My feeling about Orlan is that while I am impressed by the fully body tattooists and body modifiers mentioned earlier she has run into problems because when your face is your canvas, and if you don't stick to a theme like the others have, then your face starts to become a palimpsest of all the various ideas you have had over the years and, as I said above, she is realy starting to look a mess but possibly that is her plan - to challenge our ideas of beauty but I'm not concvinced - she did that a while ago.

Emps
 

rynner2

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Branding! (Tats are for wimps!)

It’s the brand new body craze - and it hurts
Brendan Montague

FORGET tattoos or piercings. The latest trend for body decoration enthusiasts is to have their skin branded in the style of a Texan prize steer.

Red-hot metal brands or cauterising pens, which burn at more than 1,000C, are used to sear a design permanently into the flesh.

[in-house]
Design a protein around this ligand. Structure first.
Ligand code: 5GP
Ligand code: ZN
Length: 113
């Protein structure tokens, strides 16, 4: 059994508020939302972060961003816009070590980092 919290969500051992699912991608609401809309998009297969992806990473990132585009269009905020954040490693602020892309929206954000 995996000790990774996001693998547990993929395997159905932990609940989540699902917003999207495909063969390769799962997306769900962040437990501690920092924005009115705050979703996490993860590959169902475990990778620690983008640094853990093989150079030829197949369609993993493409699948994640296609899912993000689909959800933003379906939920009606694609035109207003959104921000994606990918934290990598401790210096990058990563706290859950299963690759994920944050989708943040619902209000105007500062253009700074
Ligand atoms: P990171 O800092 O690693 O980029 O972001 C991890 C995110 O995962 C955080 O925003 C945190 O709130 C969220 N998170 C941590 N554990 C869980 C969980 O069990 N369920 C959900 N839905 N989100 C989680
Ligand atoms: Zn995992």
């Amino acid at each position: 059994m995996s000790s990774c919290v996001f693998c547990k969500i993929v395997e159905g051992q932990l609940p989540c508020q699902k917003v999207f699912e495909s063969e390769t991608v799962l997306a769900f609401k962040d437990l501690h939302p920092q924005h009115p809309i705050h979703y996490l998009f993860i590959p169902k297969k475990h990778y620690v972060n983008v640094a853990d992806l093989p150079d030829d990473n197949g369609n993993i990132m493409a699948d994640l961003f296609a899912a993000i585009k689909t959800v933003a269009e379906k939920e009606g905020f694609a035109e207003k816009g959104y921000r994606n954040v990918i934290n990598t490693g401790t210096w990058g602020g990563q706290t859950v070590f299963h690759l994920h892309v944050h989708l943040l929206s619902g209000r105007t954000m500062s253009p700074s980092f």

Historically, slaves and dangerous criminals were branded and it is still used as a form of torture in Iraq.

In Britain, the hot branding of livestock is outlawed by animal welfare legislation - but there are no rules to stop humans voluntarily having their skin burnt as a fashion statement.

The procedure, which costs about £70, is painful and can be dangerous because of the risk of nerve damage and infection.

Graham Martin, president of the Tattoo and Piercing Industry association, who offers branding at his Holier Than Thou studio in Manchester, said it was becoming popular with professionals and that he had branded teachers, nurses and a policeman. He claimed that the number of people asking him for the procedure has risen from just one a year in 2002 to more than one a week.